SOUTHERN INDIANA — Before she and her doctor found the right medication to treat her restless leg syndrome, Kate Caufield had many sleepless nights. Now she worries that increased restrictions on opioids, in response to the national drug-abuse epidemic, might eventually mean she won't have access to it.
The condition runs in her family, Caufield said. Her father had it, she has it, and she can already see signs of it in her son. It's characterized by an intense urge to move one's legs, accompanied with discomfort. It is more common at night, according to the Mayo Clinic.
"To me, it feels like when your legs fall asleep and they're starting to wake back up, it's before they get prickly," Caufield said. "It's numb, but it's almost like someone is tickling you insanely from inside. And the only thing that makes it better is to get up and walk around."
DIAGNOSIS AND TREATMENT
Before she was diagnosed, Caufield was sleeping only a couple hours every night. It was starting to wear on her. One night, in desperation, she walked barefoot out into the snow to try to stop the sensation in her legs.
"I was in tears," she said. "The moment I walked out in the snow, I was like 'I've got to go to the doctor.'"
She and her doctor tried a non-opioid therapy, a medication also used for Parkinson's, but it was imperfect. And in some patients, the dosage has to keep being increased and eventually may stop being effective altogether, Caufield said.
Around the same time, she had a tooth pulled and was prescribed a five-day supply of either hydrocodone or oxycodone — she doesn't recall which — and stumbled upon medication that for the first time, helped quell her restless legs.
"I slept the best I had in probably 15 years," she said.
Taking an active role in her health, Caufield did some research and learned that opioids are sometimes used to treat the affliction. She took this information to her doctor and asked if she would consider prescribing it. For more than two years now, she's been taking half of a low-dose oxycodone, along with another medication, Mirapex, at bedtime. She said she's never had an urge to abuse the drug, and the low dosage lets her sleep.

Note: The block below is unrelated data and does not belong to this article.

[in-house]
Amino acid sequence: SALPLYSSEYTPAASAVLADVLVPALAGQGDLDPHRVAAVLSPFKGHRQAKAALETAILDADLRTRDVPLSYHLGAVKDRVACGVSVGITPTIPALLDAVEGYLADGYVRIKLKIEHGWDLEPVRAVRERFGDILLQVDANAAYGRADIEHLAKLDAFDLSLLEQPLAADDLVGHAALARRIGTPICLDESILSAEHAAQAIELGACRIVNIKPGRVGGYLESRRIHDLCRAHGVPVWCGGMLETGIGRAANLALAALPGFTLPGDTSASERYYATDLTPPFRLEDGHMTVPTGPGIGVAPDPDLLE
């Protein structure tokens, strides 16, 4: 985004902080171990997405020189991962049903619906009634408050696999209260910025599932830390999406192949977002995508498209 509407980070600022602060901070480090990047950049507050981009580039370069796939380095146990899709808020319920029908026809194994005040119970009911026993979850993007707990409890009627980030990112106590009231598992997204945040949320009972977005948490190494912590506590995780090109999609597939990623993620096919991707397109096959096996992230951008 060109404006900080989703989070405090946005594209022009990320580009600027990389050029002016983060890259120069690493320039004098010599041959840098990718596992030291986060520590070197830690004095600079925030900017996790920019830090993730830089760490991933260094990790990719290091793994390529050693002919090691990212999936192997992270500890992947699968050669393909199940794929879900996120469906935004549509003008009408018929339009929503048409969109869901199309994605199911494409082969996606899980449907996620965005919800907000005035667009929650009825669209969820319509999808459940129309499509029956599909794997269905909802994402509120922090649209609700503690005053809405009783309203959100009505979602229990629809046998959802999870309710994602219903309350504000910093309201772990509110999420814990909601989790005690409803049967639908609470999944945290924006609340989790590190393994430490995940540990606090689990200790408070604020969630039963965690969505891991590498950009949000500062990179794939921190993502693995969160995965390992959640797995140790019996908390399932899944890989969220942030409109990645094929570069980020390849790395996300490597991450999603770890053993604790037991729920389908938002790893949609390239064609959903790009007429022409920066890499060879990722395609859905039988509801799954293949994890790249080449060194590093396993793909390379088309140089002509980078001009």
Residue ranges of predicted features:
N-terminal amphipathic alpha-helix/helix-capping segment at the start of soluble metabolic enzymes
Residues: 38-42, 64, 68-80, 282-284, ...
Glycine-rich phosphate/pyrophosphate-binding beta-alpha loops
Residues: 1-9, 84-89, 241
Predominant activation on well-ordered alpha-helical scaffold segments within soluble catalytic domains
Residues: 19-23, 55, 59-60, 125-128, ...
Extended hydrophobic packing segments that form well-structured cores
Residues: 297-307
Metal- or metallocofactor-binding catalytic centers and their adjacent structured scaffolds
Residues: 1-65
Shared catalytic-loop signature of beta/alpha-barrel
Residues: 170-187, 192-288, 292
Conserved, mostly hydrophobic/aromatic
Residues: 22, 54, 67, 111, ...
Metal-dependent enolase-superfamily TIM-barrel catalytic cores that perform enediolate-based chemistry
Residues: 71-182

Actually getting and remaining on the medication was not simple, however. She had to sign a contract with her doctor, agreeing that she will not abuse the drug and that she will notify the office if she receives another opioid prescription from elsewhere. She also submits to urine testing several times a year and when she gets the prescription, must go in person to pick it up at her doctor's office.
At the pharmacy, she has to show her ID when she turns in the prescription and when she picks it up 15 minutes later.
Some of these checkpoints are in place under law; some are things her doctor opts to do as a prescriber.
Caufield said she doesn't mind having to go through these steps, and she's glad that vigilance is used in her doctor's prescribing process, but she doesn't know where it may eventually lead.
"I'm willing to do what it takes," she said. "But at the same time, I think it's important for people to know that there are so many legit reasons for people to take it, and most of the time it does not end up in a dependence or addictive situation.
"My biggest fear is that we decide as a nation that we can't have these and we just get rid of an entire class of medicine. I feel like there could be limitations placed on it that could be very difficult for people with careers and lives and families."
Dr. James Murphy, a pain specialist practicing in New Albany, said Caufield's fears are not uncommon, or unfounded. Increased focus on prescribing, with little consensus across jurisdictions on what doctors should do, are leading to a "chilling effect" in the doctors' offices.
He said he gets calls regularly from patients whose physicians have stopped the practice of prescribing opioids.